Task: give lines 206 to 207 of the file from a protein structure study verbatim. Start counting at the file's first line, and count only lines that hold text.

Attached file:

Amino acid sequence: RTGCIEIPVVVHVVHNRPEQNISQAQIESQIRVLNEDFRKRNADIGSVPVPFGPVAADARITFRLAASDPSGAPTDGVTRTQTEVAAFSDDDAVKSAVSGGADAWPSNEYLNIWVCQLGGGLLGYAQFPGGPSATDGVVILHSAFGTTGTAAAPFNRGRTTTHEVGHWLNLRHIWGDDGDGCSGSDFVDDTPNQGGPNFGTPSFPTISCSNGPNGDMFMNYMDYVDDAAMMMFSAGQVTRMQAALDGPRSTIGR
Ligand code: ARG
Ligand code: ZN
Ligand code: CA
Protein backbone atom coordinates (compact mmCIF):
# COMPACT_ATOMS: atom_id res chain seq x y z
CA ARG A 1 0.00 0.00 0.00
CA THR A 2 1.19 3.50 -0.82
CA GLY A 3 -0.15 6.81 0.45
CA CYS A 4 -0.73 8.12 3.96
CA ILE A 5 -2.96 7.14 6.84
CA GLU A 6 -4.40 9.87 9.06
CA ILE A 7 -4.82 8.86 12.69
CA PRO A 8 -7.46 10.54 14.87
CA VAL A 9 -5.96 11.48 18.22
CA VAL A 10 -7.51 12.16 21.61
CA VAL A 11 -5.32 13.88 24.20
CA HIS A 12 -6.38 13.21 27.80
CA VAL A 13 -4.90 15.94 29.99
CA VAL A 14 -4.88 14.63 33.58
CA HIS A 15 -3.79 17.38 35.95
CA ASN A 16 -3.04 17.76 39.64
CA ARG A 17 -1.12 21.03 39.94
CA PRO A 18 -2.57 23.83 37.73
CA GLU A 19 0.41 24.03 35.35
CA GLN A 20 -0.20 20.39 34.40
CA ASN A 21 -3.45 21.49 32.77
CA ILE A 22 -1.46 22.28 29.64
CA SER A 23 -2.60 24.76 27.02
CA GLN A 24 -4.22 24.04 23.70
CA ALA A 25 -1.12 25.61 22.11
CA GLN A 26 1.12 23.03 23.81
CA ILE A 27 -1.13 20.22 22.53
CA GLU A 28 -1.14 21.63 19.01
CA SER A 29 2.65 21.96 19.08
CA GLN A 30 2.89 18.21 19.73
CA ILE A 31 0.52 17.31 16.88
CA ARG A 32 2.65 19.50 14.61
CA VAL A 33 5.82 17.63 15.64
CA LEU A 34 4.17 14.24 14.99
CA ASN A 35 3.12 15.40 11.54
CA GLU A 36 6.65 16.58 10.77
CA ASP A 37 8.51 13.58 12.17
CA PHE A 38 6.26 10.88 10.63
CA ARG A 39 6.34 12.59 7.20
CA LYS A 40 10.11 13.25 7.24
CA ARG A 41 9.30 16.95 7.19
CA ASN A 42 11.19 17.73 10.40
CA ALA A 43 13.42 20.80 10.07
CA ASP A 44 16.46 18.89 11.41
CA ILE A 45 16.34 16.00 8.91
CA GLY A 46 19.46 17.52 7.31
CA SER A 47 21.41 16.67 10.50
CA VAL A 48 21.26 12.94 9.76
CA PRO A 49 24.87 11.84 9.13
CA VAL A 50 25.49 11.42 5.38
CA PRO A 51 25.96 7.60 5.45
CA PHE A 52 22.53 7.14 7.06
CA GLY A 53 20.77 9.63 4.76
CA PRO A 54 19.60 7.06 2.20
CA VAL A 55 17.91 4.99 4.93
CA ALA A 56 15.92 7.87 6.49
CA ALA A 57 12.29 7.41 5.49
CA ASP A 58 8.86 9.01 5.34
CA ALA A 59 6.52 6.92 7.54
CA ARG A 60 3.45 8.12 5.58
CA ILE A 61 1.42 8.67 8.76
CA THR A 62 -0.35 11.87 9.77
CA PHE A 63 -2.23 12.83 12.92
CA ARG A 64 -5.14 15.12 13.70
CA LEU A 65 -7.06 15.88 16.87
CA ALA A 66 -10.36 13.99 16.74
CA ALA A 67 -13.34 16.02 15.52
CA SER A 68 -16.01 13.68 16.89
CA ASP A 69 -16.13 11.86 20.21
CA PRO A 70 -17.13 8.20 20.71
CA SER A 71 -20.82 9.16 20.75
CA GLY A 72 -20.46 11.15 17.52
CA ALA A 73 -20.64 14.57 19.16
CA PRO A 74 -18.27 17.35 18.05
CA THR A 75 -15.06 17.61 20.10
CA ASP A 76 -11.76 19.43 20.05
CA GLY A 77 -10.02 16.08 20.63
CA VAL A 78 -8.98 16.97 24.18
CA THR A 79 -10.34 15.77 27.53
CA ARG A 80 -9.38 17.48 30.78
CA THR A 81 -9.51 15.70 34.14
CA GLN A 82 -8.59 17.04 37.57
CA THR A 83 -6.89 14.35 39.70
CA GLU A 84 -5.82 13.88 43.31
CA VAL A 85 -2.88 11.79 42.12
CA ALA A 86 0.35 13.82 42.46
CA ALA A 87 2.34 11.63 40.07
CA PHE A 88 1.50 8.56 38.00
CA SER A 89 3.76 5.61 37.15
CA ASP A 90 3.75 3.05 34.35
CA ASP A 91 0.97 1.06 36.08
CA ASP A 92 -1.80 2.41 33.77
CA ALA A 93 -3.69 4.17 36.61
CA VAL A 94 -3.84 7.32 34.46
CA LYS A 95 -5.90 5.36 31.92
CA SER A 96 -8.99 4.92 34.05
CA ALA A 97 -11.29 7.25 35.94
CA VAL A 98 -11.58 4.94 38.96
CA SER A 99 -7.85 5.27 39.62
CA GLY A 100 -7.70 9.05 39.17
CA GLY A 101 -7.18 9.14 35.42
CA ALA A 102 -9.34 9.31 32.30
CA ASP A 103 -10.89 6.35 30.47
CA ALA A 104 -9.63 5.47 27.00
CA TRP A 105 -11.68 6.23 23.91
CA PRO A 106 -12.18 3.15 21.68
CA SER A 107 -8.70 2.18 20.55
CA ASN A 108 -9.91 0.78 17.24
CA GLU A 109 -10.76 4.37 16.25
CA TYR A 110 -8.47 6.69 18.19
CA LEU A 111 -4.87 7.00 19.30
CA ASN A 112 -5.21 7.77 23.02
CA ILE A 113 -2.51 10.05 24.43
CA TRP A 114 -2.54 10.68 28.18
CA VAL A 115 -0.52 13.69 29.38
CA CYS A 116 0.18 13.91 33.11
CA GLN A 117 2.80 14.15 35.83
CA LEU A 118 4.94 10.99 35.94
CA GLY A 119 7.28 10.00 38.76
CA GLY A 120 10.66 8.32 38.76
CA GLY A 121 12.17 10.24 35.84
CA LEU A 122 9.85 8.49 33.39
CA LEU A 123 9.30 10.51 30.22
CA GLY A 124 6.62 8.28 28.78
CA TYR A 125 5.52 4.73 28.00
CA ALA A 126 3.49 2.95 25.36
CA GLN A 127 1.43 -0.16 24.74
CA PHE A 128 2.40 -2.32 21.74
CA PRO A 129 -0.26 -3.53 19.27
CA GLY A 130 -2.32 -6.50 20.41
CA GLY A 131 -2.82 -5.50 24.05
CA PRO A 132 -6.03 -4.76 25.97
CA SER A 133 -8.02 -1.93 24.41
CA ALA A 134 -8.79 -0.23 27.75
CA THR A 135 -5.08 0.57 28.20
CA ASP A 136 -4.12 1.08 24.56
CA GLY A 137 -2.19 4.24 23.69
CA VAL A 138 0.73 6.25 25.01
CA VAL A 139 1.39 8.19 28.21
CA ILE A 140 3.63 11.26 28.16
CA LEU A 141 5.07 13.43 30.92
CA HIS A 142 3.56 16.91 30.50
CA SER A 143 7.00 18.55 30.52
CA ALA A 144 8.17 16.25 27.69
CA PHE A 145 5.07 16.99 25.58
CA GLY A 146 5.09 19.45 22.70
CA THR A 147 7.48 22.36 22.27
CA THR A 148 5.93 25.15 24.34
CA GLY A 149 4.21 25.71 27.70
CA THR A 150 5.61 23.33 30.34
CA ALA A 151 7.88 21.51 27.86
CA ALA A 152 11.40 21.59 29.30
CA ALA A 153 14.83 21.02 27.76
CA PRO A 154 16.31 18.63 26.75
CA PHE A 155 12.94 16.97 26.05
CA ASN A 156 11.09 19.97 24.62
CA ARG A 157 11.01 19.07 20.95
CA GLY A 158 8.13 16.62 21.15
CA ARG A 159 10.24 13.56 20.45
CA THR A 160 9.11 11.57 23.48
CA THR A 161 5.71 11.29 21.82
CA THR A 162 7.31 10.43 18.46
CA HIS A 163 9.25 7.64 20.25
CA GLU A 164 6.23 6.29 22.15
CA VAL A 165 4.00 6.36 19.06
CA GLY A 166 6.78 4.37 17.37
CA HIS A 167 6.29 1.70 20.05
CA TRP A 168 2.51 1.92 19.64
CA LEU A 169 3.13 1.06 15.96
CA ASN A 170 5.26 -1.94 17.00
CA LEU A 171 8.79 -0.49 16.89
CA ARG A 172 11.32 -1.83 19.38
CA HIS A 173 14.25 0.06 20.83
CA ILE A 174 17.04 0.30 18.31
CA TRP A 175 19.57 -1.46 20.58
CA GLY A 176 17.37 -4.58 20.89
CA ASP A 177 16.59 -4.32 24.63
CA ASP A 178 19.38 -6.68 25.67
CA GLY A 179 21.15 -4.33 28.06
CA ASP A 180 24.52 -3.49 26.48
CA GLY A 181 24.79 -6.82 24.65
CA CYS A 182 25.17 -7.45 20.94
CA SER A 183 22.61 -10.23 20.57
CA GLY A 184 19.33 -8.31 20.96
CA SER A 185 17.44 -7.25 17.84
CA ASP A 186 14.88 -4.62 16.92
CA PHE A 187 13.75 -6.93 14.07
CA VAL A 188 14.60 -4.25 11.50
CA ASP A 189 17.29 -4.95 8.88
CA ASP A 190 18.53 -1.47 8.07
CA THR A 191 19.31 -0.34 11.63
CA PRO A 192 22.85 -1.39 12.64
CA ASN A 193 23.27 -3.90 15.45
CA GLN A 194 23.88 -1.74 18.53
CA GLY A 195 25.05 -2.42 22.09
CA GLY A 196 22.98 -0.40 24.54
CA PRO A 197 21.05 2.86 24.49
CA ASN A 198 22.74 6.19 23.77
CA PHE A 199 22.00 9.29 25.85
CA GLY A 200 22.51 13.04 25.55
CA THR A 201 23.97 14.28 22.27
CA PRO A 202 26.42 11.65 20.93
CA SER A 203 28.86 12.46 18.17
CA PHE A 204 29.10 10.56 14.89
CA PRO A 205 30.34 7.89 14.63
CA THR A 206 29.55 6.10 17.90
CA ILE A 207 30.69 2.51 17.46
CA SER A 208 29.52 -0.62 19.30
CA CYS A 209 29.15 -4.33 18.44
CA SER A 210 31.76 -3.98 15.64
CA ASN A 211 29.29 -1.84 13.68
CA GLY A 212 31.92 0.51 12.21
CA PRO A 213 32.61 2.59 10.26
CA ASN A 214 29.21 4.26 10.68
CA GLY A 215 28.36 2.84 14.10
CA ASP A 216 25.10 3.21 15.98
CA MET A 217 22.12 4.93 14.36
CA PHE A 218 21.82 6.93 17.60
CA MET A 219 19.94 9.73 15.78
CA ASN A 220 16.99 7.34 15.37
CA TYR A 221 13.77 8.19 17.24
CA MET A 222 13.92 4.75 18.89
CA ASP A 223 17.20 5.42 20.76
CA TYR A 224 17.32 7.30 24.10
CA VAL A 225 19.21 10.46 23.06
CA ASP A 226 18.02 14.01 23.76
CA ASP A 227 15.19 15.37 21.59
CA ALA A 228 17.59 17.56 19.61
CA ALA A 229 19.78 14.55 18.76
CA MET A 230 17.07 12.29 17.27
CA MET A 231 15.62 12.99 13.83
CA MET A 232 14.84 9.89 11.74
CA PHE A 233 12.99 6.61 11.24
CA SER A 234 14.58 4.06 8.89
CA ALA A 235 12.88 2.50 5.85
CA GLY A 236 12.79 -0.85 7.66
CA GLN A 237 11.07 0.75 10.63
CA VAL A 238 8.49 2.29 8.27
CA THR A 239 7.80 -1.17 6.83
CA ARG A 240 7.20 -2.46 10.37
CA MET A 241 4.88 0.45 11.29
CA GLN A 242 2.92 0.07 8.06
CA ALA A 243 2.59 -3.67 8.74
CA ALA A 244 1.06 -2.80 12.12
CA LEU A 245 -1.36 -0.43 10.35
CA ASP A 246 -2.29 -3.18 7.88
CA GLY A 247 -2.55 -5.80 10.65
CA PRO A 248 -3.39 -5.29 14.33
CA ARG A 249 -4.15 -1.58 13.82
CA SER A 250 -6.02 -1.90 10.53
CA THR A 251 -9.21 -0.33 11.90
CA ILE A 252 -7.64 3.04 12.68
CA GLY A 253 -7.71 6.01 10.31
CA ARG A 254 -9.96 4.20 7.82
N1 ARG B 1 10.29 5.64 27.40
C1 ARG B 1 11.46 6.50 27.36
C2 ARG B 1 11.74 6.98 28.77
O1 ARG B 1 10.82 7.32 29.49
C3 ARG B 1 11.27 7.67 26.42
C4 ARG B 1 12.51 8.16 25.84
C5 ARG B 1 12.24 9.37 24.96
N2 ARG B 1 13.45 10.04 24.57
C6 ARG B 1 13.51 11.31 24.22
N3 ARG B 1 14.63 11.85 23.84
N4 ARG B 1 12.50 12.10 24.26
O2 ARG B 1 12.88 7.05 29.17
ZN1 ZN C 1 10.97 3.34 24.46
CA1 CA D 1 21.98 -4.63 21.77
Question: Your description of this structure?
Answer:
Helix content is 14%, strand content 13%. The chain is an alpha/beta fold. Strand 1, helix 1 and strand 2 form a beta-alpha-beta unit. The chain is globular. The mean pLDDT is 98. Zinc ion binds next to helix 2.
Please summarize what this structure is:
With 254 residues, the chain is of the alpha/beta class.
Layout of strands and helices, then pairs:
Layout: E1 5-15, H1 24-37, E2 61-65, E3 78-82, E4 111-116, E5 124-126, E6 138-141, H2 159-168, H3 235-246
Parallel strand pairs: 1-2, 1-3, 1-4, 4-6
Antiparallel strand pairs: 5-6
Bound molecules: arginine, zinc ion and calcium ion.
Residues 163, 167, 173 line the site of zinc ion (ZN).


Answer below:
CA GLY A 200 22.51 13.04 25.55
CA THR A 201 23.97 14.28 22.27